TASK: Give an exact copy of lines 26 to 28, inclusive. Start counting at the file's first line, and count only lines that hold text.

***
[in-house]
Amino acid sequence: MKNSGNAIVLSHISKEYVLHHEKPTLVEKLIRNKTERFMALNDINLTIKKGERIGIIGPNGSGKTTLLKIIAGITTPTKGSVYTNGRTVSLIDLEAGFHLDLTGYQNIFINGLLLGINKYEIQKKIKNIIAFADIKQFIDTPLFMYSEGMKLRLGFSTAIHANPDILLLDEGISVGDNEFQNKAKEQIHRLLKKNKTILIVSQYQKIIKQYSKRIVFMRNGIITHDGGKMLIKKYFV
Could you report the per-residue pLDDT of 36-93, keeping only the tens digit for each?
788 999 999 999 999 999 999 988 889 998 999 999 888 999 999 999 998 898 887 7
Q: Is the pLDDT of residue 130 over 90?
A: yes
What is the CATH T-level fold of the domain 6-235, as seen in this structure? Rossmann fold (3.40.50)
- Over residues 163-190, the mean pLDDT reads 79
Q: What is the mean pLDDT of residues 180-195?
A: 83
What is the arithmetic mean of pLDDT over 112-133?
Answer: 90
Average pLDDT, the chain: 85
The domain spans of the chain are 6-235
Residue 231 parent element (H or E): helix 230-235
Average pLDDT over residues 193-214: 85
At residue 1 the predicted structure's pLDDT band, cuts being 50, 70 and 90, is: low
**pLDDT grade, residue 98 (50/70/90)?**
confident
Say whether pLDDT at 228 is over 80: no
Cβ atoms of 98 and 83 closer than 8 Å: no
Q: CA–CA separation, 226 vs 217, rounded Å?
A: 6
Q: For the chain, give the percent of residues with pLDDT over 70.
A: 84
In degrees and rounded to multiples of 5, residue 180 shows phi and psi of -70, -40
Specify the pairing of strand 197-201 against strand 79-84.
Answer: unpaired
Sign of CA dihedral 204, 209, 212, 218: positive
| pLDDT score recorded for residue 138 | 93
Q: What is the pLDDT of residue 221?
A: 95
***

In degrees and rounded to multiples of 5, residue 180 shows phi and psi of -70, -40
Specify the pairing of strand 197-201 against strand 79-84.
Answer: unpaired